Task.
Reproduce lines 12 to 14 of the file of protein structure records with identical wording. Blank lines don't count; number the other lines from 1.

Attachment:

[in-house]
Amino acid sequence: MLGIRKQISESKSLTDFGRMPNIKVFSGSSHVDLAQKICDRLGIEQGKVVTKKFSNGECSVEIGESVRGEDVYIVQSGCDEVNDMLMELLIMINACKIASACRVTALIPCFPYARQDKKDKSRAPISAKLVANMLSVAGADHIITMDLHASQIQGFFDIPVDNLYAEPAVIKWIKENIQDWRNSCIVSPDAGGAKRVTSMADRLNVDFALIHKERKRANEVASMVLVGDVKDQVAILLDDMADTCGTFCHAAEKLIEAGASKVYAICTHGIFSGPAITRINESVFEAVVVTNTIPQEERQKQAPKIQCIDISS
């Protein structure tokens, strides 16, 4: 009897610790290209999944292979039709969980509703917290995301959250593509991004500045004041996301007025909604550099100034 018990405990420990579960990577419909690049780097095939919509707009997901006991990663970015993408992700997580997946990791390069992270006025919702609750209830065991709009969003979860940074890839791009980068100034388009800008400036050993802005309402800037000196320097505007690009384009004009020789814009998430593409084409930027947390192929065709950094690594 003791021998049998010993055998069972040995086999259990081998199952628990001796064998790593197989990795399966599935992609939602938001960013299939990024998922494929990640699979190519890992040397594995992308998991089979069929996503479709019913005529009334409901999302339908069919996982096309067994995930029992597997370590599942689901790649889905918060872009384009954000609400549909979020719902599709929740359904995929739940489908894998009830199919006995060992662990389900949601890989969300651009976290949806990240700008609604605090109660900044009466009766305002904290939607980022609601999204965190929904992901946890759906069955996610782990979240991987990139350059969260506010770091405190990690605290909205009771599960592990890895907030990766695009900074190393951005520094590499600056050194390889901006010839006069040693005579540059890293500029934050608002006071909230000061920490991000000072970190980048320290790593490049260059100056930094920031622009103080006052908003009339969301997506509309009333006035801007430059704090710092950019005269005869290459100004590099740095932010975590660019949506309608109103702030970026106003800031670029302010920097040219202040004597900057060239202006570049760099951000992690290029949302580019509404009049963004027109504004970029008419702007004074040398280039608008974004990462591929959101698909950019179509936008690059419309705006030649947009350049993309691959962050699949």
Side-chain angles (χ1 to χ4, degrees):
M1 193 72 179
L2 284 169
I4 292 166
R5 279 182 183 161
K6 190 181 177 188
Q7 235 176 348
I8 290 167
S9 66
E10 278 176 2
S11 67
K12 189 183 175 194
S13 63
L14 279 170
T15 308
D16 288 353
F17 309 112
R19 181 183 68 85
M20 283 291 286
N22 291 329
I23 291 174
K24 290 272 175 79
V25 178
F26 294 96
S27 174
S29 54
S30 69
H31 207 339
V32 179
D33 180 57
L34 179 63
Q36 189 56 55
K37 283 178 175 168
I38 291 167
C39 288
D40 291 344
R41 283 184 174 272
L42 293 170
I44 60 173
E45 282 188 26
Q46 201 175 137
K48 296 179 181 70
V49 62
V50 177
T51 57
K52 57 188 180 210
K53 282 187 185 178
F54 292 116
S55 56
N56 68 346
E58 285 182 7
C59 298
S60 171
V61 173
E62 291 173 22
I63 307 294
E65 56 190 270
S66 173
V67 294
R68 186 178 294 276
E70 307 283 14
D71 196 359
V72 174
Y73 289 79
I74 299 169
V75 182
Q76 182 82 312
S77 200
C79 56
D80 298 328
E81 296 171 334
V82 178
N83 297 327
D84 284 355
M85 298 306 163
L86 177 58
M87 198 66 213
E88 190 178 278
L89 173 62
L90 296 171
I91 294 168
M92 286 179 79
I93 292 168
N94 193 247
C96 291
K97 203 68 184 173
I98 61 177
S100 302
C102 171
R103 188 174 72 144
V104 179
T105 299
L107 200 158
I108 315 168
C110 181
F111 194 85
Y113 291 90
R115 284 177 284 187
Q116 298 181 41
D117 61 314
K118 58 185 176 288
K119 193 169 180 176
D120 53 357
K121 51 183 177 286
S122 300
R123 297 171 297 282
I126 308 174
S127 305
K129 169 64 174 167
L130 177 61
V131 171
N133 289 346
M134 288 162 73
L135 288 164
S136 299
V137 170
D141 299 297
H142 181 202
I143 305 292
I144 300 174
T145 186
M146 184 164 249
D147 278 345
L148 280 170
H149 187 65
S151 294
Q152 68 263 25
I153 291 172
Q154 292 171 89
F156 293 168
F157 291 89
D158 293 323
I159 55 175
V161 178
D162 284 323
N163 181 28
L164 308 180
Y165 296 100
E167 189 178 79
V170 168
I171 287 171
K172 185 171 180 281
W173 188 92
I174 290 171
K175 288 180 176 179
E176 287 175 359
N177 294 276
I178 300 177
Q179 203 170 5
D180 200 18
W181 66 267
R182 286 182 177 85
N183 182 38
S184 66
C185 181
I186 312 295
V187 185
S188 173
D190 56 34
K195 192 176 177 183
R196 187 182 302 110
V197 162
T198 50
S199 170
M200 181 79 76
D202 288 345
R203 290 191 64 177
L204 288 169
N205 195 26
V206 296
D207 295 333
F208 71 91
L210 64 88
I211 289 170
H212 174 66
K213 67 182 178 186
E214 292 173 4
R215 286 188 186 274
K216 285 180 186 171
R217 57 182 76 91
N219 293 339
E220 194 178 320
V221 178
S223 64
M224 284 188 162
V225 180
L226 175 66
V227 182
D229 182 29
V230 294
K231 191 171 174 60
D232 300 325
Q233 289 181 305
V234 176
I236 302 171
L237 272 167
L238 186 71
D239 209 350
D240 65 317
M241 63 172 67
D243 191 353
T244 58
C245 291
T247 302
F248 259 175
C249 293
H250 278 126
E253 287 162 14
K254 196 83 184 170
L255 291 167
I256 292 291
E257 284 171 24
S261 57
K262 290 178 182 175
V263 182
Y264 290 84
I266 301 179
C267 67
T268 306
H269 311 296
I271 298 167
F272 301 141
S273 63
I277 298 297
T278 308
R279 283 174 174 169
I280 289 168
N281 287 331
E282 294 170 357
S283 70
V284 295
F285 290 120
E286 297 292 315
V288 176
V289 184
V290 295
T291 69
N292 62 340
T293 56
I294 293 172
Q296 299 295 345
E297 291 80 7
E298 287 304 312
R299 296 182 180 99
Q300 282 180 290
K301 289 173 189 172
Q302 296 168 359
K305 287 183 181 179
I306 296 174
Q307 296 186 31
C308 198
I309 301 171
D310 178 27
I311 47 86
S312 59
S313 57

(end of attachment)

S9 66
E10 278 176 2
S11 67